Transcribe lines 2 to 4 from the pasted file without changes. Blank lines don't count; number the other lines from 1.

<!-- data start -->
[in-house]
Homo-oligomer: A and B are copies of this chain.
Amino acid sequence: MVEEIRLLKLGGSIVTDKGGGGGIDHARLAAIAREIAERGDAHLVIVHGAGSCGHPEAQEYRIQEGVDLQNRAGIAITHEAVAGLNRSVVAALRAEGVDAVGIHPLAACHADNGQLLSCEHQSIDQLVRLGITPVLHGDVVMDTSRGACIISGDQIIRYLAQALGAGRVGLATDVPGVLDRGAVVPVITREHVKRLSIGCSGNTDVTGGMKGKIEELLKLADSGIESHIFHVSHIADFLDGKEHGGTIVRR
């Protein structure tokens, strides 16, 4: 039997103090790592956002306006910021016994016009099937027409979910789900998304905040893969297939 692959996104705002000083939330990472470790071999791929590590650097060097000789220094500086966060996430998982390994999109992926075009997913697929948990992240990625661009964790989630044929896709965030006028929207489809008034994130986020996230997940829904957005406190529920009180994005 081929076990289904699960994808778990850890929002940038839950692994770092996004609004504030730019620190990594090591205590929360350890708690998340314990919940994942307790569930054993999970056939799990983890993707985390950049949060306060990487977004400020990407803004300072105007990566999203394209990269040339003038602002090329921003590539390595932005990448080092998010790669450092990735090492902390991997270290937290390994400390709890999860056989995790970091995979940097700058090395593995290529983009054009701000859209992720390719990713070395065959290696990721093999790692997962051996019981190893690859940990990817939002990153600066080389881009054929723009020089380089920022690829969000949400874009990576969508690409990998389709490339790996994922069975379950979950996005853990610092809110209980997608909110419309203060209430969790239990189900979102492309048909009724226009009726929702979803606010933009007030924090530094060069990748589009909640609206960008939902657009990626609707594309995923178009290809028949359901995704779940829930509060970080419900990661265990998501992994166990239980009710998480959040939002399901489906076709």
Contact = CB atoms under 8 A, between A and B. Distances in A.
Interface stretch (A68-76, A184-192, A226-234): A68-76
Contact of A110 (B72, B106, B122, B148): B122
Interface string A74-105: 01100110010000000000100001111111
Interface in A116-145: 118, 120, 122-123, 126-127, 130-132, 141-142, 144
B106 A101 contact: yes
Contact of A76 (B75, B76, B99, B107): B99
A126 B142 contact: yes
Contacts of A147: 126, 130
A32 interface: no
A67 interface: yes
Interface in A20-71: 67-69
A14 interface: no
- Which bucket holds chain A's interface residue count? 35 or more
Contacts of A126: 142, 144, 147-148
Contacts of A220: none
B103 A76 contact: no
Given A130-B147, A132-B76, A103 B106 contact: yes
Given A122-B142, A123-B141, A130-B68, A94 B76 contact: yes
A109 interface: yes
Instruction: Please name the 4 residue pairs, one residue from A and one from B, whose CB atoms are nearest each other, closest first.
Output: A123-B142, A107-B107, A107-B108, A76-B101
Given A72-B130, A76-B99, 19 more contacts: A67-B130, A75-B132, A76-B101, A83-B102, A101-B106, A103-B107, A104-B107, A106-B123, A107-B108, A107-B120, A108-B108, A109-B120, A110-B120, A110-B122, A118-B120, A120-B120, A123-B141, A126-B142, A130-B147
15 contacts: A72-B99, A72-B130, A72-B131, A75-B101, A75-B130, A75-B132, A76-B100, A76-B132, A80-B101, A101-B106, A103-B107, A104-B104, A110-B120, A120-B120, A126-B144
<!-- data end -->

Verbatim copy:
Homo-oligomer: A and B are copies of this chain.
Amino acid sequence: MVEEIRLLKLGGSIVTDKGGGGGIDHARLAAIAREIAERGDAHLVIVHGAGSCGHPEAQEYRIQEGVDLQNRAGIAITHEAVAGLNRSVVAALRAEGVDAVGIHPLAACHADNGQLLSCEHQSIDQLVRLGITPVLHGDVVMDTSRGACIISGDQIIRYLAQALGAGRVGLATDVPGVLDRGAVVPVITREHVKRLSIGCSGNTDVTGGMKGKIEELLKLADSGIESHIFHVSHIADFLDGKEHGGTIVRR
């Protein structure tokens, strides 16, 4: 039997103090790592956002306006910021016994016009099937027409979910789900998304905040893969297939 692959996104705002000083939330990472470790071999791929590590650097060097000789220094500086966060996430998982390994999109992926075009997913697929948990992240990625661009964790989630044929896709965030006028929207489809008034994130986020996230997940829904957005406190529920009180994005 081929076990289904699960994808778990850890929002940038839950692994770092996004609004504030730019620190990594090591205590929360350890708690998340314990919940994942307790569930054993999970056939799990983890993707985390950049949060306060990487977004400020990407803004300072105007990566999203394209990269040339003038602002090329921003590539390595932005990448080092998010790669450092990735090492902390991997270290937290390994400390709890999860056989995790970091995979940097700058090395593995290529983009054009701000859209992720390719990713070395065959290696990721093999790692997962051996019981190893690859940990990817939002990153600066080389881009054929723009020089380089920022690829969000949400874009990576969508690409990998389709490339790996994922069975379950979950996005853990610092809110209980997608909110419309203060209430969790239990189900979102492309048909009724226009009726929702979803606010933009007030924090530094060069990748589009909640609206960008939902657009990626609707594309995923178009290809028949359901995704779940829930509060970080419900990661265990998501992994166990239980009710998480959040939002399901489906076709």